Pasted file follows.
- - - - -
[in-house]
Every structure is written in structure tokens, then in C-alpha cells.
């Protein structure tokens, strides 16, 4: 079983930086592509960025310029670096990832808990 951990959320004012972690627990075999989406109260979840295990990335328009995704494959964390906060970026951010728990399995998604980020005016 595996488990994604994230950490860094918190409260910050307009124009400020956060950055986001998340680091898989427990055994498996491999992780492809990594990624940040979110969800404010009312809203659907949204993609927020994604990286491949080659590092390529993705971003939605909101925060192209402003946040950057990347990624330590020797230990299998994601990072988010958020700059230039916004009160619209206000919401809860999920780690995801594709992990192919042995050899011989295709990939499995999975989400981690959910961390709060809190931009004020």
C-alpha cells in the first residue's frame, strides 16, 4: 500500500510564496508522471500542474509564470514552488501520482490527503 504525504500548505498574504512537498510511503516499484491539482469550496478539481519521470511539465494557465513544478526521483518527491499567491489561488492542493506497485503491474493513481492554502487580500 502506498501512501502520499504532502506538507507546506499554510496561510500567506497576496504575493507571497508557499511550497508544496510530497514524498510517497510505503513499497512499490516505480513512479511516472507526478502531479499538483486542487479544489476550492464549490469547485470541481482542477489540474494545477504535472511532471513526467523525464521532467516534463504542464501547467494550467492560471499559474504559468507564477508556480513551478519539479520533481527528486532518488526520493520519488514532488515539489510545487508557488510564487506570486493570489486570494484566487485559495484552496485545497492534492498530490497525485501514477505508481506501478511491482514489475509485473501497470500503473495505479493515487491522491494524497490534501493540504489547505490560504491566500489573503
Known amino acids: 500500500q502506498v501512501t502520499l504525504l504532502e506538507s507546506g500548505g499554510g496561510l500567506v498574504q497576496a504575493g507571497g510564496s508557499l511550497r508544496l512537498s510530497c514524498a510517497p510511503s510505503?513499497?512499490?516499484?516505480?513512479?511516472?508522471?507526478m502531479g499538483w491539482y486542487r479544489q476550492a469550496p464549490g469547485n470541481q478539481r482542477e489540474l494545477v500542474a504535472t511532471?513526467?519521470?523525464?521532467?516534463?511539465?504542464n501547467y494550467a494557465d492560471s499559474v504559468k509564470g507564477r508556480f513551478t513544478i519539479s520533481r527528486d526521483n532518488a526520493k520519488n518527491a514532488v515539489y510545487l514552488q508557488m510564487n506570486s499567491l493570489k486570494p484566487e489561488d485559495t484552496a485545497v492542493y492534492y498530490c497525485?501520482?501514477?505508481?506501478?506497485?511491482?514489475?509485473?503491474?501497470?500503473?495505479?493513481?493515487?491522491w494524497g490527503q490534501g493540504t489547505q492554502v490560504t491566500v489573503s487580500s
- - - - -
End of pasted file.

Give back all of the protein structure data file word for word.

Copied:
[in-house]
Every structure is written in structure tokens, then in C-alpha cells.
């Protein structure tokens, strides 16, 4: 079983930086592509960025310029670096990832808990 951990959320004012972690627990075999989406109260979840295990990335328009995704494959964390906060970026951010728990399995998604980020005016 595996488990994604994230950490860094918190409260910050307009124009400020956060950055986001998340680091898989427990055994498996491999992780492809990594990624940040979110969800404010009312809203659907949204993609927020994604990286491949080659590092390529993705971003939605909101925060192209402003946040950057990347990624330590020797230990299998994601990072988010958020700059230039916004009160619209206000919401809860999920780690995801594709992990192919042995050899011989295709990939499995999975989400981690959910961390709060809190931009004020």
C-alpha cells in the first residue's frame, strides 16, 4: 500500500510564496508522471500542474509564470514552488501520482490527503 504525504500548505498574504512537498510511503516499484491539482469550496478539481519521470511539465494557465513544478526521483518527491499567491489561488492542493506497485503491474493513481492554502487580500 502506498501512501502520499504532502506538507507546506499554510496561510500567506497576496504575493507571497508557499511550497508544496510530497514524498510517497510505503513499497512499490516505480513512479511516472507526478502531479499538483486542487479544489476550492464549490469547485470541481482542477489540474494545477504535472511532471513526467523525464521532467516534463504542464501547467494550467492560471499559474504559468507564477508556480513551478519539479520533481527528486532518488526520493520519488514532488515539489510545487508557488510564487506570486493570489486570494484566487485559495484552496485545497492534492498530490497525485501514477505508481506501478511491482514489475509485473501497470500503473495505479493515487491522491494524497490534501493540504489547505490560504491566500489573503
Known amino acids: 500500500q502506498v501512501t502520499l504525504l504532502e506538507s507546506g500548505g499554510g496561510l500567506v498574504q497576496a504575493g507571497g510564496s508557499l511550497r508544496l512537498s510530497c514524498a510517497p510511503s510505503?513499497?512499490?516499484?516505480?513512479?511516472?508522471?507526478m502531479g499538483w491539482y486542487r479544489q476550492a469550496p464549490g469547485n470541481q478539481r482542477e489540474l494545477v500542474a504535472t511532471?513526467?519521470?523525464?521532467?516534463?511539465?504542464n501547467y494550467a494557465d492560471s499559474v504559468k509564470g507564477r508556480f513551478t513544478i519539479s520533481r527528486d526521483n532518488a526520493k520519488n518527491a514532488v515539489y510545487l514552488q508557488m510564487n506570486s499567491l493570489k486570494p484566487e489561488d485559495t484552496a485545497v492542493y492534492y498530490c497525485?501520482?501514477?505508481?506501478?506497485?511491482?514489475?509485473?503491474?501497470?500503473?495505479?493513481?493515487?491522491w494524497g490527503q490534501g493540504t489547505q492554502v490560504t491566500v489573503s487580500s